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1st Real Test of Pentagon Program : Media Pool Launched for U.S. Mission in Gulf

July 22, 1987|From Times Wire Services

WASHINGTON — The Pentagon activated its Defense Department Media Pool for the first time in an actual military operation, it was disclosed Tuesday with the transmission of the first dispatches by reporters aboard two of the Navy warships assigned to convoy reflagged Kuwait tankers in the Persian Gulf.

But journalists aboard a chartered launch who were not part of the 10-person pool were warned to stay away from two tankers while Marines in a helicopter leveled machine guns at them, according to a report from the United Arab Emirates. The journalists left without incident.

In announcing activation of the media pool, Pentagon spokesman Robert B. Sims said that information in dispatches from members will be withheld "until such times as conditions permit" to avoid endangering the escort mission. The operation was expected to get under way today.

He said the delays will not constitute censorship. "We don't censor the pool reports," he said. "What we get is what we send--warts and all."

The pool was the seventh one activated in the aftermath of the 1983 U.S. invasion of Grenada, during which the Pentagon barred the media from covering the operation during its first three days.

But it was the first pool assigned to a legitimate military operation, not a drill.

Under the pool concept, a small group of reporters and photographers is formed under strict secrecy to accompany U.S. military forces. While the pool reporters must accept military restrictions on when they can file reports, the system does ensure that independent reporters will be on hand to observe military operations and eventually report what they saw.

The pool system, worked out by the Defense Department and news media, was first tested in April, 1985. That test was considered an abysmal failure as word of its activation leaked out just hours after reporters were told to stand by.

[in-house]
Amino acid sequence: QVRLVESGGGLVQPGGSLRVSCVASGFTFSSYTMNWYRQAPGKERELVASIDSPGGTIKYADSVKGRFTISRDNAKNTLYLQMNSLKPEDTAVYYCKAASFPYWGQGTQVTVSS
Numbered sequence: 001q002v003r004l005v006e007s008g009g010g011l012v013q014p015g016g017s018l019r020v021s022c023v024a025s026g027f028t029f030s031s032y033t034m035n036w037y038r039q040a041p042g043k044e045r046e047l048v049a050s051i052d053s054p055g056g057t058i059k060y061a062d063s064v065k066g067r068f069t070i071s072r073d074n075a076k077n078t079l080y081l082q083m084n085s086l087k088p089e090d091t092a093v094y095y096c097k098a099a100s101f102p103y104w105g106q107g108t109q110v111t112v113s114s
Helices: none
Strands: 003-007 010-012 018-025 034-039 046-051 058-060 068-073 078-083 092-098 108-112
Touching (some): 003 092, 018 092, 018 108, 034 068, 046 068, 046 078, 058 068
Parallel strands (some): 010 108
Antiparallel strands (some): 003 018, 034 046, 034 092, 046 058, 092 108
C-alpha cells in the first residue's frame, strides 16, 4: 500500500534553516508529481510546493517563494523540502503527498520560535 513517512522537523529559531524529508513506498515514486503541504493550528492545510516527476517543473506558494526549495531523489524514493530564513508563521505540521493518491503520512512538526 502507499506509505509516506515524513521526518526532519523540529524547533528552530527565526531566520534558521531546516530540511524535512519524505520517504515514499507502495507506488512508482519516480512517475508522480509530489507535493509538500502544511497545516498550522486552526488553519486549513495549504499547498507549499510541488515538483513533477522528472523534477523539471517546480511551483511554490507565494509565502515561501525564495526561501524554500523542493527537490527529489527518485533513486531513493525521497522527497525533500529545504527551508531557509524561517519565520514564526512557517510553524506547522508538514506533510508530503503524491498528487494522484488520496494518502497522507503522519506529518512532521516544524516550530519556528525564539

Each succeeding test, however, has seen an improvement in the procedures, and military secrecy has been maintained.

Activation of the pool began with a Pentagon call to Washington bureau chiefs of news organizations beginning at 9 p.m. EDT Saturday. It remained secret until the filing of dispatches by pool reporters on Tuesday.

The group took off in a military jetliner from Andrews Air Force Base outside Washington for the gulf region at 2 a.m. Sunday.

Defense Secretary Caspar W. Weinberger "immediately approved" the release of the first pool dispatch once it arrived at the Pentagon, Sims said.

The pool, split five and five between the cruiser Fox and the destroyer Kidd, will accompany the convoy from the Gulf of Oman, through the Strait of Hormuz and up the Persian Gulf to Kuwait, Sims said.

Pool representatives included an Associated Press reporter, a United Press International photographer, an ABC radio correspondent, a Cable News Network television crew, a Time magazine reporter and photographer and reporters from the Washington Times and Knight-Ridder Newspapers.

Sims again warned journalists covering the gulf region to avoid traveling in planes, helicopters or small boats to areas where Navy warships were operating.

"The hazard is that it's an area of operations in which there is an increased alert by our units," he said. "We do not find it amusing to find news organizations trying to get close to our own ships."

A Navy officer in the gulf also was not amused when a launch hired by a group of journalists approached the tankers Bridgeton and Gas Prince, which hoisted U.S. flags Tuesday, and three warships anchored in the Gulf of Oman, a Reuters news agency dispatch said.

A destroyer blocked the launch, and the officer radioed a warning: "Change course now. Come no closer for your own safety."

The journalists, including U.S. television crews, pleaded to be allowed to approach but the unidentified officer said: "Stay away. Don't come closer than one mile."

Then he added, "Sorry if the media can't get good pictures but I have orders to keep you one mile off."

The launch kept its distance.

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